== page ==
Cystoscopy results improved with narrow-band imaging


Urologists using flexible cystoscopy with narrow-band imaging find more new nonmuscle-invasive bladder cancers than with flexible cystoscopy using white light.

San Francisco-Urologists using flexible cystoscopy with narrow-band imaging (NBI) find more new nonmuscle-invasive bladder cancers than with flexible cystoscopy using white light, research shows. The findings in bladder cancer echo similar comparisons for gastrointestinal cancers that NBI is superior, said researcher Yijun Shen, MD, of Fudan University Hospital, Shanghai, China.

NBI uses specific wavelengths of light to enhance the visual contrast between mucosal surfaces and microvascular structures without the use of dyes or contrast agents, Dr. Shen said. Endoscopic NBI, he added, is routinely used around the world to assess gastrointestinal abnormalities.

"What we found was that anyone, even residents, can use NBI efficiently and effectively in detecting bladder cancer after a short learning curve," Dr. Shen told Urology Times. "NBI is not difficult to master."

The ongoing debate over white light cystoscopy versus NBI comes down to observer bias, Dr. Shen said. Most prior studies in nonmuscle-invasive bladder cancer have used the same urologist viewing the same images under white light and NBI. That raises questions of reliability and utility in the broader urologist population. Dr. Shen used a randomized sequence of images taken using white light and NBI to compare detection rates of new nonmuscle-invasive bladder cancer under the different illumination sources. He presented the results at the AUA annual meeting in San Francisco.

The study used the same Lucera sequential endoscopy system (Olympus, Center Valley, PA) to image 45 bladders with suspected new nonmuscle-invasive bladder cancer using both NBI and white light imaging. All 45 patients were examined between February 2009 and October 2009. Images were shown to observers in a predetermined, random order for a set length of time to eliminate any potential observer bias.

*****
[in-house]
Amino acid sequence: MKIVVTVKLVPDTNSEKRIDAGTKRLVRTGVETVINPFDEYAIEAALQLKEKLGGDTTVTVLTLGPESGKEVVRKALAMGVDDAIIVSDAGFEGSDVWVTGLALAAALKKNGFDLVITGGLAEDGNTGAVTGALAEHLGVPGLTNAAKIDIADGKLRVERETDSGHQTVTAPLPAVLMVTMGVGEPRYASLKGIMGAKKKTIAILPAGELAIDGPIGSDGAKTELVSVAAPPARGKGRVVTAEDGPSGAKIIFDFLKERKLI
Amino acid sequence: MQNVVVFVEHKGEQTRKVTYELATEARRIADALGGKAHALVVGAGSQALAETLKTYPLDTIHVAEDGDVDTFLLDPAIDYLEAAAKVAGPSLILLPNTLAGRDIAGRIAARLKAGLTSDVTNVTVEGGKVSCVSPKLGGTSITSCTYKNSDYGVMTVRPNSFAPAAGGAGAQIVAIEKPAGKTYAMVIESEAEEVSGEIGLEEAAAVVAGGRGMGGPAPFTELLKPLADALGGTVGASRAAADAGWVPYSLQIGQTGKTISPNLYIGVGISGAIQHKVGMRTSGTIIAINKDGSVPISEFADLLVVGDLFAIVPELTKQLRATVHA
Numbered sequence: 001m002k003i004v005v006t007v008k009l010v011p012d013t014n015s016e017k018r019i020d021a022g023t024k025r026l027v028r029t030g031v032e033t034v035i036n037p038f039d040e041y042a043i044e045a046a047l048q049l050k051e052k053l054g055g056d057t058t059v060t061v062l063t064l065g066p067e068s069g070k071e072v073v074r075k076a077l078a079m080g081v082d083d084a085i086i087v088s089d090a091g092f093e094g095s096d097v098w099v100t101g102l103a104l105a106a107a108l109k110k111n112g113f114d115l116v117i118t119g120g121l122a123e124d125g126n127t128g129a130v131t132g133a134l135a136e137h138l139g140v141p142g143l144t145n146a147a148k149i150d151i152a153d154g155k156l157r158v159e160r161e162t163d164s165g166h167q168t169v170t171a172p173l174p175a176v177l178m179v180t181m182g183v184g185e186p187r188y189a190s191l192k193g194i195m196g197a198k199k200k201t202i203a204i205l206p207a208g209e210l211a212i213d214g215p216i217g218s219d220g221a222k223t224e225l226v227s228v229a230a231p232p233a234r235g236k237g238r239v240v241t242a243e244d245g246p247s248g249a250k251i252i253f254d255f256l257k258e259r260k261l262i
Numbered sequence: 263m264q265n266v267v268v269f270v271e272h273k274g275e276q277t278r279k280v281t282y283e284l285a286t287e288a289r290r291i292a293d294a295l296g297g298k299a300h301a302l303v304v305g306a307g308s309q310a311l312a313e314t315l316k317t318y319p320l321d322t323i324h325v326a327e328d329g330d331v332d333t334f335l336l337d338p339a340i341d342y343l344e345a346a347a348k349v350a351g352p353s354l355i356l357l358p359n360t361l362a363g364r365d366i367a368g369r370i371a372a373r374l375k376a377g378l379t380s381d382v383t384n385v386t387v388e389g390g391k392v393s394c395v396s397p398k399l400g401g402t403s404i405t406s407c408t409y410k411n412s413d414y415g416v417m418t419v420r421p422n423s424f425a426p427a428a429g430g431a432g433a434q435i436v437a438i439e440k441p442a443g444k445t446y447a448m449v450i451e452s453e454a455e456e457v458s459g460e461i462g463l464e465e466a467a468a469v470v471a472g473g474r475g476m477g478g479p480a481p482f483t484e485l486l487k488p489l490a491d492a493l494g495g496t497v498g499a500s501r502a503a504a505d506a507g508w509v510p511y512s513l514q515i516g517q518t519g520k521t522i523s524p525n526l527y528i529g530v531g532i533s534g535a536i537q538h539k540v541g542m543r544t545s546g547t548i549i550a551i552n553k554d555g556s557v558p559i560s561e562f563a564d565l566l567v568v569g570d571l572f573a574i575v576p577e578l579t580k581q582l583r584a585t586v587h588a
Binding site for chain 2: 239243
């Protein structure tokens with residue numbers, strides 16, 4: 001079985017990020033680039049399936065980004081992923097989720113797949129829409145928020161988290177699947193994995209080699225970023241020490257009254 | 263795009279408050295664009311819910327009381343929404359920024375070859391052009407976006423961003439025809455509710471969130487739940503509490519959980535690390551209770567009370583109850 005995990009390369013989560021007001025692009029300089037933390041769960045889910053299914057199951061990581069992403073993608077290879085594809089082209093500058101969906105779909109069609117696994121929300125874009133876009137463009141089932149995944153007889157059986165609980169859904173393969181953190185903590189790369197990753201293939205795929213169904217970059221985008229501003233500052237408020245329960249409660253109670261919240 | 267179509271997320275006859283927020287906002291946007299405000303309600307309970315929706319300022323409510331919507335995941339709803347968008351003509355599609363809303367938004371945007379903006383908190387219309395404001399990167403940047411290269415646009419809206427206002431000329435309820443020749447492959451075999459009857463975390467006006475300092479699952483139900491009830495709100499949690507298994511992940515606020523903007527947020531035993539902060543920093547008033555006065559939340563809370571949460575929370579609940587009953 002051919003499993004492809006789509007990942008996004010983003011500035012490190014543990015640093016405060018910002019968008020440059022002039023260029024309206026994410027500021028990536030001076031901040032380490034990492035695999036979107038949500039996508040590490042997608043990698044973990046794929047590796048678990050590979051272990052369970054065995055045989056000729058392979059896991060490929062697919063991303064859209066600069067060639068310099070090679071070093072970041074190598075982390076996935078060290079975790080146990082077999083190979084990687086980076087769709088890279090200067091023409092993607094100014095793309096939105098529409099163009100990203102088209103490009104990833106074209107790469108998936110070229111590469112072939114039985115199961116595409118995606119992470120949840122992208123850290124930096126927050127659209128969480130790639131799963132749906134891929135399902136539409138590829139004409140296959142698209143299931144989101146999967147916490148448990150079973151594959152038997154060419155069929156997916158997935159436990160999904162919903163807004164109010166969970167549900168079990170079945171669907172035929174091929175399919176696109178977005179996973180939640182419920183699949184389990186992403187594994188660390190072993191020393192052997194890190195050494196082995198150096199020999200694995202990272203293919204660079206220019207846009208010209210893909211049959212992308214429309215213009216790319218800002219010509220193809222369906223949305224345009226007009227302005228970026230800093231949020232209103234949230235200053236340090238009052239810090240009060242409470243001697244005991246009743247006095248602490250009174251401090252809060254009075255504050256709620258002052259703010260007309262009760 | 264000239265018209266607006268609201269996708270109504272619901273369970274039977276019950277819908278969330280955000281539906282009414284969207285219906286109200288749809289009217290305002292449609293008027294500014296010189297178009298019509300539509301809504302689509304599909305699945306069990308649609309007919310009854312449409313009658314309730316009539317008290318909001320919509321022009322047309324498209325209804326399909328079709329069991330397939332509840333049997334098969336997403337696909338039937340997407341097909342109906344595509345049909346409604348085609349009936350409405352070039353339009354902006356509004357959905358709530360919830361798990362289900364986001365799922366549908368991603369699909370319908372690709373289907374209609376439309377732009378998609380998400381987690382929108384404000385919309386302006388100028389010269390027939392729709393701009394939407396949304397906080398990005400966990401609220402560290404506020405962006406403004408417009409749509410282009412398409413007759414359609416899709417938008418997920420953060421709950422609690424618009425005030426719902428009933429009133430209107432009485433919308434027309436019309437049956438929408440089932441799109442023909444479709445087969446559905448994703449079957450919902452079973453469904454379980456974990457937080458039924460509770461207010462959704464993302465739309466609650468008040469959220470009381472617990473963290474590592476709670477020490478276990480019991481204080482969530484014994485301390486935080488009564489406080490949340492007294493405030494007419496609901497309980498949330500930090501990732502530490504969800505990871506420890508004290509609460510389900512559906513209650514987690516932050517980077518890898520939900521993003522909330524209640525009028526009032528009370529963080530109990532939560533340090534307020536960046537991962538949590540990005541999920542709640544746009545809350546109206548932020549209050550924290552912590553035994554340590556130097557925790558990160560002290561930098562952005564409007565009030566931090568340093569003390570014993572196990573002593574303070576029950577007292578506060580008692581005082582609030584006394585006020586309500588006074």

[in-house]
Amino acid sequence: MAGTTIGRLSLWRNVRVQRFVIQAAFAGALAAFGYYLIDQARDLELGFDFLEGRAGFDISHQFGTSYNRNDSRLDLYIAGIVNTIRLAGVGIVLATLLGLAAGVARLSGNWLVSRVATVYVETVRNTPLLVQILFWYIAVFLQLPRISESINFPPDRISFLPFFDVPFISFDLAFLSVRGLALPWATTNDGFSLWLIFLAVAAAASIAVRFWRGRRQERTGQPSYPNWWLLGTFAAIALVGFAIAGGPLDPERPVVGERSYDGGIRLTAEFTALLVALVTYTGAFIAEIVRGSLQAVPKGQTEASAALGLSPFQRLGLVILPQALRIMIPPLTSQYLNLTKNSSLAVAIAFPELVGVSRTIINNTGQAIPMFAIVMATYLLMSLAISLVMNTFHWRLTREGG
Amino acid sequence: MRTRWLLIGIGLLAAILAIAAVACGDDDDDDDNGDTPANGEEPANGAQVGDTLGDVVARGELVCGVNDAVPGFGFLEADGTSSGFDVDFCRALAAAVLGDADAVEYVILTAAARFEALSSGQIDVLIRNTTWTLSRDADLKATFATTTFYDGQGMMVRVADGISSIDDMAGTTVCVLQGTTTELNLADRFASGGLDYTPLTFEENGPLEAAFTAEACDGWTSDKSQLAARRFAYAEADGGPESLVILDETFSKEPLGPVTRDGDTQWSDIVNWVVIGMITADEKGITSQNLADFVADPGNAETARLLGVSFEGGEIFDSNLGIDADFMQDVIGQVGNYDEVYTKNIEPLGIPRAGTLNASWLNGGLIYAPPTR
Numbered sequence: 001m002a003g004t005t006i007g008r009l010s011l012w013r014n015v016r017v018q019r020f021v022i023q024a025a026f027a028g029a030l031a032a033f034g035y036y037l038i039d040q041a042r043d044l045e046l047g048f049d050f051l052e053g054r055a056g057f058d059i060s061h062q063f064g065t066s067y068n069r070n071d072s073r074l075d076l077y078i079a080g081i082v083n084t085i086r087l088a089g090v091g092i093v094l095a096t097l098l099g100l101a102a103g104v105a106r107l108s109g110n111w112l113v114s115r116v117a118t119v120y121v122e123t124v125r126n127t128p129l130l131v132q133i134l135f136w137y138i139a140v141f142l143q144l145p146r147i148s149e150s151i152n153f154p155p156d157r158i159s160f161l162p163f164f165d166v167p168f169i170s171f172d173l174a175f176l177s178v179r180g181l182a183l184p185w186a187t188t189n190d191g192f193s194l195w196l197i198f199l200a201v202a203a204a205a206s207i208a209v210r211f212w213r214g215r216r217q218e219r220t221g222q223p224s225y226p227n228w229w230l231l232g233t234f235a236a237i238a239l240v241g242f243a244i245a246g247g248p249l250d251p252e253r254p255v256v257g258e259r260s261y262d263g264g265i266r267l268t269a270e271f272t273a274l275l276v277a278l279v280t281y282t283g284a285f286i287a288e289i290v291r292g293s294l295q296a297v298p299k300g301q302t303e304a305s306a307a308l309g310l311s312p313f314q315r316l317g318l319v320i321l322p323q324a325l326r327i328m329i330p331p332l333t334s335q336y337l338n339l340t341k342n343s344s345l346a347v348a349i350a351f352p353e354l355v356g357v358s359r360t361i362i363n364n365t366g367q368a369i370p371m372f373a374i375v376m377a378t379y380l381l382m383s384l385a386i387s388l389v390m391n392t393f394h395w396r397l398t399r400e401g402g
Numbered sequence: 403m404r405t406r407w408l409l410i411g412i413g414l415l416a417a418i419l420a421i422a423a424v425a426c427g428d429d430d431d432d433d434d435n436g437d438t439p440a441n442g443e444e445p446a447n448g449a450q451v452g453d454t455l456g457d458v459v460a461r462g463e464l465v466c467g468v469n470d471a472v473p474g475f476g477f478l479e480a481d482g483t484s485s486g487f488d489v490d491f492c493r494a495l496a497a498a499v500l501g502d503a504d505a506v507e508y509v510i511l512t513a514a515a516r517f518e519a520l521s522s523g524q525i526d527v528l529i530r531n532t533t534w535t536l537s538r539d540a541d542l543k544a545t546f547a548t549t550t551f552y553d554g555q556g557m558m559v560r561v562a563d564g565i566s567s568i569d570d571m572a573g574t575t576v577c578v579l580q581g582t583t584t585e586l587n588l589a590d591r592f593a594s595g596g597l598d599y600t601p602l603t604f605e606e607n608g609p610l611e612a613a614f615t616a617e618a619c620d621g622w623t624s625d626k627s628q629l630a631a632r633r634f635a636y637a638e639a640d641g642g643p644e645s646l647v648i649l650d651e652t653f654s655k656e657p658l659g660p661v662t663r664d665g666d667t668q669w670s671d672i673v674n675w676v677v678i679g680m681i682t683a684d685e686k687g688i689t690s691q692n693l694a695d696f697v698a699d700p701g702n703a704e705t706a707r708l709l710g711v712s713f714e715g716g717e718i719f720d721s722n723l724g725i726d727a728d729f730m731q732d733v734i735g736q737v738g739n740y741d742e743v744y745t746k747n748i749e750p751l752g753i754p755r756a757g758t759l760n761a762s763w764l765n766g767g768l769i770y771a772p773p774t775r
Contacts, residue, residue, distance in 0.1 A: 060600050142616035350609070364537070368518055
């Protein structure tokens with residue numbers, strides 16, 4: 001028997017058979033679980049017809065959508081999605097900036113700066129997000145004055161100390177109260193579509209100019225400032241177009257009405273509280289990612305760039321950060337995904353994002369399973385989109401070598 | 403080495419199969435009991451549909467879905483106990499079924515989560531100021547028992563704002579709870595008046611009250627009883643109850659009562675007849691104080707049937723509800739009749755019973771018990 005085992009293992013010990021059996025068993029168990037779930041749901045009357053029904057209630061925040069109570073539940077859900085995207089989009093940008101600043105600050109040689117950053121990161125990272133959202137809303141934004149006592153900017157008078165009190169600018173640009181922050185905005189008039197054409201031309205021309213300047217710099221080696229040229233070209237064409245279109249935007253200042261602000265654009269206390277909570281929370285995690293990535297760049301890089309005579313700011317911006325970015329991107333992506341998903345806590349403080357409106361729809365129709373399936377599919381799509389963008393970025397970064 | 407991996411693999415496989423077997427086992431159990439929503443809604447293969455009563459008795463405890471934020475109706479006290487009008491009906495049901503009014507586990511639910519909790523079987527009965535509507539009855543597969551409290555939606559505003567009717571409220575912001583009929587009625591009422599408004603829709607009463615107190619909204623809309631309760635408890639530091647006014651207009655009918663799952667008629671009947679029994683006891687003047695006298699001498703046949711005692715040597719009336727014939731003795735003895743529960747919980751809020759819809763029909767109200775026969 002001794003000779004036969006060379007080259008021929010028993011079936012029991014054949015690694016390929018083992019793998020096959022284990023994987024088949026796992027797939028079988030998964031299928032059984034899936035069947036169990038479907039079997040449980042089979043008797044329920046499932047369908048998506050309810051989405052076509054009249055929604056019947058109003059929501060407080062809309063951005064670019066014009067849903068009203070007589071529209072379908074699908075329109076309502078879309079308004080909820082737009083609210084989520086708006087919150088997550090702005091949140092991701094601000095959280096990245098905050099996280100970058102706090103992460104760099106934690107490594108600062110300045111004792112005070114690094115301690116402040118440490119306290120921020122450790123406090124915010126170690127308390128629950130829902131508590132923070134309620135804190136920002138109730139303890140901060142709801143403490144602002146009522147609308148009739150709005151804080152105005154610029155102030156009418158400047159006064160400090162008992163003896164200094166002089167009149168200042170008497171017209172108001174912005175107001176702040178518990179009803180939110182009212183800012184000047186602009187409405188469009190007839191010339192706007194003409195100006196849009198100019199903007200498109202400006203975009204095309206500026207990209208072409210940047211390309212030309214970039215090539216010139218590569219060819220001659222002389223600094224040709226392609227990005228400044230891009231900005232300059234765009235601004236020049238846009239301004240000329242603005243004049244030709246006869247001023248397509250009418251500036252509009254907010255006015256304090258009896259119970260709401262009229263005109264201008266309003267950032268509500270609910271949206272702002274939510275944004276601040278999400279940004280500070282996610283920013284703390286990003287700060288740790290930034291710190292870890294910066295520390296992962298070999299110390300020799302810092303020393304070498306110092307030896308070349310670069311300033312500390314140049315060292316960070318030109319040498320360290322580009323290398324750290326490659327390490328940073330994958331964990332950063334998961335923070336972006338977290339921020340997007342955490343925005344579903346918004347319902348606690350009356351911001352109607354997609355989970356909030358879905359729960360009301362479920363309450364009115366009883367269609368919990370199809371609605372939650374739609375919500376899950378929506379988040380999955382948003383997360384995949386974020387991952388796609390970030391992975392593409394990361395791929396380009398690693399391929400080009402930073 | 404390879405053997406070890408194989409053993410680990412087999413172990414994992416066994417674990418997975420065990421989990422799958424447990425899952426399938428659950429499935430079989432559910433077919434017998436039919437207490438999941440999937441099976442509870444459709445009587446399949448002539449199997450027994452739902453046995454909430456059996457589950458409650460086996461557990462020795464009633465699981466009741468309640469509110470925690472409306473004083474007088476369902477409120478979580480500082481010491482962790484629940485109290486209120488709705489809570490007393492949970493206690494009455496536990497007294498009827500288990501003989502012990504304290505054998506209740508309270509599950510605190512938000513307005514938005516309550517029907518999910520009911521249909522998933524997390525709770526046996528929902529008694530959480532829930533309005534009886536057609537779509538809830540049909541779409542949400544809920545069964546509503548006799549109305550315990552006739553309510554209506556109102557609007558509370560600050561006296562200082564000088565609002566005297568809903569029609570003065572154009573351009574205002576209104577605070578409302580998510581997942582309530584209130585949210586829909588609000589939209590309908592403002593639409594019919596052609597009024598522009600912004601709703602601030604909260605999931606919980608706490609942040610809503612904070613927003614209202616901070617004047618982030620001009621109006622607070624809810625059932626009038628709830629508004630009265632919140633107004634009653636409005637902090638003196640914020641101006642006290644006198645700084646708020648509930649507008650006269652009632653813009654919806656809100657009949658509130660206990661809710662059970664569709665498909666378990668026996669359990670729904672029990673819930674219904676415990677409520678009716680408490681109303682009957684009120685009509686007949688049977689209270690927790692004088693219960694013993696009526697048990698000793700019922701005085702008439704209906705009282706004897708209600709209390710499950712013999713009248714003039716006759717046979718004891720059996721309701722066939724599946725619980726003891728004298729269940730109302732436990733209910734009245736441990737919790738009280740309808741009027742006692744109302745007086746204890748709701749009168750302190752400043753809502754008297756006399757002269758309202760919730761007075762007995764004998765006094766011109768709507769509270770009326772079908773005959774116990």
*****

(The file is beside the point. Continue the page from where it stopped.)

A total of 110 biopsies were performed based on white light findings and 142 biopsies based on NBI findings. Biopsies obtained by both white light and NBI were examined separately by an experienced pathologist. After cystoscopy and biopsy, all 45 patients had a standard transurethral resection with tissue samples examined to confirm the presence of tumors.

Of the 45 patients in the study, 41 (91.1%) had nonmuscle-invasive bladder cancer confirmed by pathology following TUR. Of the patients with tumors, 33 were detected by both white light and NBI. None of the tumors were seen only by white light, seven were seen only by NBI, and one was missed by both white light and NBI.

NBI more sensitive, specific

Of the 110 biopsies identified under white light, 89 showed signs of cancer. Of the 142 biopsies identified under NBI, 113 showed signs of cancer. The sensitivity of white light imaging was 80.5% compared to 97.6% for NBI (p<.05), the specificity was 50% and 75%, respectively (p<.05), and accuracy was 77.8% and 95.6%, respectively (p<.05).

Dr. Shen reported that five T1 cancers were found on TUR. All five were identified on NBI while white light imaging missed two T1 cancers. NBI also detected 24 cancerous lesions in 15 patients that were missed by white light imaging.

"NBI is clearly more effective to detect new nonmuscle-invasive bladder cancer than white light, just like it is in gastrointestinal use," Dr. Shen said. "It only takes 20 or 30 images for a new user to become proficient in this new technique."

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